In all accounts of Einstein’s train-lightening thought experiment the ground observer sees the two flashes simultaneously because he remains “at rest” with respect to the landscape, while the train passenger sees the forward flash first because she is “moving” toward the location where it occurred. However the only motion here is the relative motion between the train and the landscape as they slide past one another.

Our Earthly experience leads us to consider the ground to be “at rest”, while trains “move”. But relativity says this isn’t so. We are just as free to consider the train “at rest” while the landscape rushes by.

In this scenario the train passenger remains “at rest” midway between the two strike locations and therefore sees the strikes as simultaneous. The ground observer, rushing toward the train’s rear, sees the rear strike as occurring first for the same reason the original scenario has the passenger see the forward strike first.

Thus, both observers see the strikes as simultaneous. Their mistake is in assuming that the other observer sees them as sequential. But this is non-relativistic thinking.

I have relied on the exact same reasoning as does the original explanation. The “resting” observer sees the flashes simultaneously while the “moving” observer sees the closer flash first.

I submit that my description is the only one which employs true relativity while the others employ absolute motion and rest.


2 Answers 2


One of the pitfalls of understanding relativity is getting fixated on "seeing". Seeing implies visual observations of delayed light, which you do not need to consider in a gedanken experiment, since resources are unlimited.

So: consider the women in the train has a team of grad students lined up front-to-back with perfectly synchronized atomic clocks, and like wise for the man on the platform.

Also, why use lightning? It fixes the mind in ground frames. Since resources are unlimited, we can use the worlds shortest laser pulse (53 atto-seconds). Four of them: 2 on the train and 2 on the platform, synched to their co-moving clocks. Preprogrammed to fire at time(s) and place(s).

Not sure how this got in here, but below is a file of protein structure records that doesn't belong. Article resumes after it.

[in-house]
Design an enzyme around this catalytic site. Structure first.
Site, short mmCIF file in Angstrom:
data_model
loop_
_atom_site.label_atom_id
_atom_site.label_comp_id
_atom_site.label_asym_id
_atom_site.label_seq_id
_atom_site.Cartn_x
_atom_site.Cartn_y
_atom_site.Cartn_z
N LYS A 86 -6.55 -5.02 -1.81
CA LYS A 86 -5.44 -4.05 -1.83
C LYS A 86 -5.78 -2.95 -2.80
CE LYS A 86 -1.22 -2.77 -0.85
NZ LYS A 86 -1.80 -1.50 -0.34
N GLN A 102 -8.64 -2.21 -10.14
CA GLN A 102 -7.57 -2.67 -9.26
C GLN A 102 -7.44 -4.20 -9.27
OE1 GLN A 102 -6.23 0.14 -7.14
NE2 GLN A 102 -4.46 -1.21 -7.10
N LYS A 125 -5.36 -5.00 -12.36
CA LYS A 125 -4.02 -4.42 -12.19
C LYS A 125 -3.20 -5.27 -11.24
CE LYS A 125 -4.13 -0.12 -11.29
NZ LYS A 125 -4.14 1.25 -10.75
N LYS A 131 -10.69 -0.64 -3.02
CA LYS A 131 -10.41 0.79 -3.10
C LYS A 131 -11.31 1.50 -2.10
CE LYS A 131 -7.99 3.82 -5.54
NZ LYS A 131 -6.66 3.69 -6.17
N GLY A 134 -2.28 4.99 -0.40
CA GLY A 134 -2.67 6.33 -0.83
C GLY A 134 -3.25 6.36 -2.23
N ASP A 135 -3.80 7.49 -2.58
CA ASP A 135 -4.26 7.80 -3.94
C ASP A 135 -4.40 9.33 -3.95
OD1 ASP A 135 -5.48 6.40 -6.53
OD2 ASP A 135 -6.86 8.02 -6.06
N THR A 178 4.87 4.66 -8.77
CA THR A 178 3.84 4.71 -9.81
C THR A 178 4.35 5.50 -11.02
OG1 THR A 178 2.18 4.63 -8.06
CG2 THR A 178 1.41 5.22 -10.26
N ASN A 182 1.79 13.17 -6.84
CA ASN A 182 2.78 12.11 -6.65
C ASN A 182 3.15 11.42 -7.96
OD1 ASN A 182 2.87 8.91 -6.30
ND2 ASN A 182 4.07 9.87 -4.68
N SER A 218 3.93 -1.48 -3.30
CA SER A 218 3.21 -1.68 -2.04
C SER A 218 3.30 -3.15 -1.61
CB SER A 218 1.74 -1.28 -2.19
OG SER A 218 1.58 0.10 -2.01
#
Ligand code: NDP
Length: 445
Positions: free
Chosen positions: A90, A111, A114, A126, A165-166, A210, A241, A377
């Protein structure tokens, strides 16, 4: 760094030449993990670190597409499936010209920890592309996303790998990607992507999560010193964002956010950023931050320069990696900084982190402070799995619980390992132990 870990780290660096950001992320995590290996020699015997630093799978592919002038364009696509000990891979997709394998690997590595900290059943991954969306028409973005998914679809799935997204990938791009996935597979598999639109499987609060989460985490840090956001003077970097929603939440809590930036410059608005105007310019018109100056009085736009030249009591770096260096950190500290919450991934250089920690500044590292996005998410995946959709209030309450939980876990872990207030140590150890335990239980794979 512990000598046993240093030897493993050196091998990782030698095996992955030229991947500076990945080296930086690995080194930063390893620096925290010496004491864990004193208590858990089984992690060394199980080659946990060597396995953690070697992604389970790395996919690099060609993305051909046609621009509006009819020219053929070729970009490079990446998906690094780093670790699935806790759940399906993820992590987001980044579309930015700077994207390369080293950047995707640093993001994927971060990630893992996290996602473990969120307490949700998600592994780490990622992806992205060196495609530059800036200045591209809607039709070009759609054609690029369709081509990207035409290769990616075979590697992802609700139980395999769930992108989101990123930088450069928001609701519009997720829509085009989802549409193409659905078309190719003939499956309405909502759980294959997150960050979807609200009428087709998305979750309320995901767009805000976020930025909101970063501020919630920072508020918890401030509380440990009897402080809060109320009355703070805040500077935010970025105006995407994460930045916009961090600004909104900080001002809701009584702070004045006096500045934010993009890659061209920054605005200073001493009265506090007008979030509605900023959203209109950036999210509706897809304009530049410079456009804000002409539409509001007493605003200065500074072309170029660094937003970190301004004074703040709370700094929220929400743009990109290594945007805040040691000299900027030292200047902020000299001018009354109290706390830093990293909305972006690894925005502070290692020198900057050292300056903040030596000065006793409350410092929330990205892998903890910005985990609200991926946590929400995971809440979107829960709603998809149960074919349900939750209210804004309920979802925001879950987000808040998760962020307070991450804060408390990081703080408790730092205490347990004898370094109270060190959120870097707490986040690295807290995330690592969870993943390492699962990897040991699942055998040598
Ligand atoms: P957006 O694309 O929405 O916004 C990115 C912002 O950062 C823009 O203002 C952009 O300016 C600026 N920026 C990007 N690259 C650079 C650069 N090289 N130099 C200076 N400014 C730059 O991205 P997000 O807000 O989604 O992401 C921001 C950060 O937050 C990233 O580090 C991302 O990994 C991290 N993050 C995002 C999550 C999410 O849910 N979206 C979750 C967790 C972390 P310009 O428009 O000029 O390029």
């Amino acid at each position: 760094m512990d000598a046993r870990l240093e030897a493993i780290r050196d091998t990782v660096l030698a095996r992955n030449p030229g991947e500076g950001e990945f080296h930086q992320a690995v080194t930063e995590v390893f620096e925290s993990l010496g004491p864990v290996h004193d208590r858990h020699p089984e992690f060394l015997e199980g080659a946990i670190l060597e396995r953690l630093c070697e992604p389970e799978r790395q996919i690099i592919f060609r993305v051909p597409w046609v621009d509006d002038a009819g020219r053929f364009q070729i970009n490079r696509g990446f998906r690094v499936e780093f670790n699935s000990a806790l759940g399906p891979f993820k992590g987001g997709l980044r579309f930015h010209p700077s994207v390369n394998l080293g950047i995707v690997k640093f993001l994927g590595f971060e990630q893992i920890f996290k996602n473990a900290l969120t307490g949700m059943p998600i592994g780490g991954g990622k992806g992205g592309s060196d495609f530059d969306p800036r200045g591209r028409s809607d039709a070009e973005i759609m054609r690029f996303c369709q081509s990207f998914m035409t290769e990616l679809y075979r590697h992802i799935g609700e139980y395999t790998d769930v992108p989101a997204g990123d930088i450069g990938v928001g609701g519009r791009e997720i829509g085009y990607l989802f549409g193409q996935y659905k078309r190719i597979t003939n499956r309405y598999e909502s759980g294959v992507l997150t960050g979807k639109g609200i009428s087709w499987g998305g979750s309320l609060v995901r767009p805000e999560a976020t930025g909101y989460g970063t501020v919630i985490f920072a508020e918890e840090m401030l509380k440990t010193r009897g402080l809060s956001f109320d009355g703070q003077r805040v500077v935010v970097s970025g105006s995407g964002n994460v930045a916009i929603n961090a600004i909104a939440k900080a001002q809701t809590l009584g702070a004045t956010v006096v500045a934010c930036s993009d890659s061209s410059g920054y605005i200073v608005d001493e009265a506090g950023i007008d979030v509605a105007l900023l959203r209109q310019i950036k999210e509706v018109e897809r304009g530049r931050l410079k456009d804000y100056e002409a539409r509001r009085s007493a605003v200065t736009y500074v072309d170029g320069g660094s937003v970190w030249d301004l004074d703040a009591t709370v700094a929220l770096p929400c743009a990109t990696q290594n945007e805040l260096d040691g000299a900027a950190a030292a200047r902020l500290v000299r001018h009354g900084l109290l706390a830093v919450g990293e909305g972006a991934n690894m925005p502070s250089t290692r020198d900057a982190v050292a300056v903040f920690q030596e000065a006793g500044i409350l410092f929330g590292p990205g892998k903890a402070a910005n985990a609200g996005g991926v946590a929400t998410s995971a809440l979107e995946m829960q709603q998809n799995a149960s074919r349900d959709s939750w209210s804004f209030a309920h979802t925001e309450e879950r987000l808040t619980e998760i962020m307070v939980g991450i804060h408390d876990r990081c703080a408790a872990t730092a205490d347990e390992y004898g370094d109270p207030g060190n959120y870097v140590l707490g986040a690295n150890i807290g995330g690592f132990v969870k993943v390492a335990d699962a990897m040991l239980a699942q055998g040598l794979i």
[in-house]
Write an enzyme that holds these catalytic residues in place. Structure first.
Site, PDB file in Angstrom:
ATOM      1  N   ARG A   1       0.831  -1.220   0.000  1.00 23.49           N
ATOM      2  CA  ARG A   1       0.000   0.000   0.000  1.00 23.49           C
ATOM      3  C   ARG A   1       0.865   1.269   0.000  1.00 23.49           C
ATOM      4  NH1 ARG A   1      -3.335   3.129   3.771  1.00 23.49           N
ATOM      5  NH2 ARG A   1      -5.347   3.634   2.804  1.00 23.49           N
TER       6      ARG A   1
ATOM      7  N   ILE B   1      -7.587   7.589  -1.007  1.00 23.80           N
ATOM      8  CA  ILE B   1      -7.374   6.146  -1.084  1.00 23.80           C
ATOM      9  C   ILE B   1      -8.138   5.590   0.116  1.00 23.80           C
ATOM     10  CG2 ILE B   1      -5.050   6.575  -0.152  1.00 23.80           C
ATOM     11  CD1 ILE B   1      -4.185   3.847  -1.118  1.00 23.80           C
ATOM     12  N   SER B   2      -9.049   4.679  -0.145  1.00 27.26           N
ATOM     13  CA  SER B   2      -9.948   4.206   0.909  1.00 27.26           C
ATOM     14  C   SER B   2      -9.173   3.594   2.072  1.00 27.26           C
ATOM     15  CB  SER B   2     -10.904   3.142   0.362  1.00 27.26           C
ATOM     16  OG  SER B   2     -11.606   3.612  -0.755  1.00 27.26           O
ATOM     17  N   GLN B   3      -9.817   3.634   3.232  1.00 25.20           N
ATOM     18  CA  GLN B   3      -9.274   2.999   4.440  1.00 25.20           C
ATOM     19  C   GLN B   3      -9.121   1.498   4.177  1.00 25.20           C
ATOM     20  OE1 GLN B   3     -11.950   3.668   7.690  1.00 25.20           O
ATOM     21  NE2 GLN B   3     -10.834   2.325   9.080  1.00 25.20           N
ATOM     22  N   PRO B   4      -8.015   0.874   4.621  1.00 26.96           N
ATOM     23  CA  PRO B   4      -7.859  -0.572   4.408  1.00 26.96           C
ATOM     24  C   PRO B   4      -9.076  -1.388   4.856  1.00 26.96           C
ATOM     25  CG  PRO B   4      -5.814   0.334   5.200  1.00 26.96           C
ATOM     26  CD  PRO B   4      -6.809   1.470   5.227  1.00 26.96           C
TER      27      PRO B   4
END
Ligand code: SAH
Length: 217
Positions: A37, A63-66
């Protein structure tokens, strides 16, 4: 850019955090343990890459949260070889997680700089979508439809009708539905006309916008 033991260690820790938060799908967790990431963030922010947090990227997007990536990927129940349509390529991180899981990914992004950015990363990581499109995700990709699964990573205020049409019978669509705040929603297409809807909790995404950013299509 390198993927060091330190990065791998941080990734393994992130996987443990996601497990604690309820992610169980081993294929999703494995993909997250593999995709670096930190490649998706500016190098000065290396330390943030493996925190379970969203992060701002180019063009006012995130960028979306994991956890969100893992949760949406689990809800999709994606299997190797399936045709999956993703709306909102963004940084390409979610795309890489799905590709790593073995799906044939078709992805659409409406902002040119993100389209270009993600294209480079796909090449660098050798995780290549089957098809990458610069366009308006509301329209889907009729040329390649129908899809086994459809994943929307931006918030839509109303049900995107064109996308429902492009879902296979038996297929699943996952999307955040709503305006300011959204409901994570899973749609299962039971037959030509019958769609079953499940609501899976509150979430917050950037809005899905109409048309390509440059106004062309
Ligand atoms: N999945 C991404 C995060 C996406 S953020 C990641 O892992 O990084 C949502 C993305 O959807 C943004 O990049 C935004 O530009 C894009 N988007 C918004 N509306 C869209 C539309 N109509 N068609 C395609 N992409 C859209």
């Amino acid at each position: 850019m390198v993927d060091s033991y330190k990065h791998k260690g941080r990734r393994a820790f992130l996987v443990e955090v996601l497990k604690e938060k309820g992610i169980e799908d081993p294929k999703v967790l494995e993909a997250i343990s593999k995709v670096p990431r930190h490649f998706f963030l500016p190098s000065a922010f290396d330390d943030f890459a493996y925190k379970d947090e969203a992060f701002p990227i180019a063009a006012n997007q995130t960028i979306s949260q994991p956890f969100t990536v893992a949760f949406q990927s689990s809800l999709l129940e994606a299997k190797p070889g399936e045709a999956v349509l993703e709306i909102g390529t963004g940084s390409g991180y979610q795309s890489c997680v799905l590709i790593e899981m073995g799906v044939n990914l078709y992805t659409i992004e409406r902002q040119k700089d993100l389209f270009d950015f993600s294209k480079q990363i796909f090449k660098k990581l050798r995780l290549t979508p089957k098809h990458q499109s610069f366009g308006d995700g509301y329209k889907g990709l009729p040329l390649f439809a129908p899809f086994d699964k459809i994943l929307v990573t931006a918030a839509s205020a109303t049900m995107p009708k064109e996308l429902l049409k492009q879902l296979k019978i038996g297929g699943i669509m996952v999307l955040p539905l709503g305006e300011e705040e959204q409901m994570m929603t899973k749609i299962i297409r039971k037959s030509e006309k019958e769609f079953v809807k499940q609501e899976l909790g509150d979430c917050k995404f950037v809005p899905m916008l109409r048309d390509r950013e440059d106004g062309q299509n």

When the ground lasers pulse in synch as the train passes, the train clock next to it leads the train clock in the center while the train clock in the rear of the car lags: The train measures the front event as before the rear event (because it is before it, in the train-frame), while the platform team just sees unsynchronized clocks on the train.

And likewise (or a little vice versa) if the lasers in the train car fire at the same time.


Your post doesn't contain a question, but I will address it anyway.

In this scenario the train passenger remains “at rest” midway between the two strike locations and therefore sees the strikes as simultaneous.

This is where your error is. The lightning strikes are assumed to be simultaneous in the ground's rest frame. It does not follow that they are simultaneous in the train's rest frame.

There would be a perfect symmetry between the ground and the train, were it not broken by the choice that the lightning strikes are simultaneous with respect to the ground. They could equally well be chosen to be simultaneous with respect to the train, but that would be a different situation. The underlying theory is symmetric, but this particular situation is not.

I gather from your post history that you have had this specific confusion for several years. I can only recommend to write it out in actual mathematics. Write down the coordinates of the two simultaneous lightning strikes in the rest frame, do the Lorentz transformation and you will find that they are not simultaneous. Then try to interpret your results in words and you will find where you are going wrong.

I also agree with JEB's answer. Relativity of simultaneity is not because light takes a different amount of time to reach the observers. It rather says that even after the observers correct for the travel time of the light, the two events are simultaneous in one frame and not simultaneous in the other.


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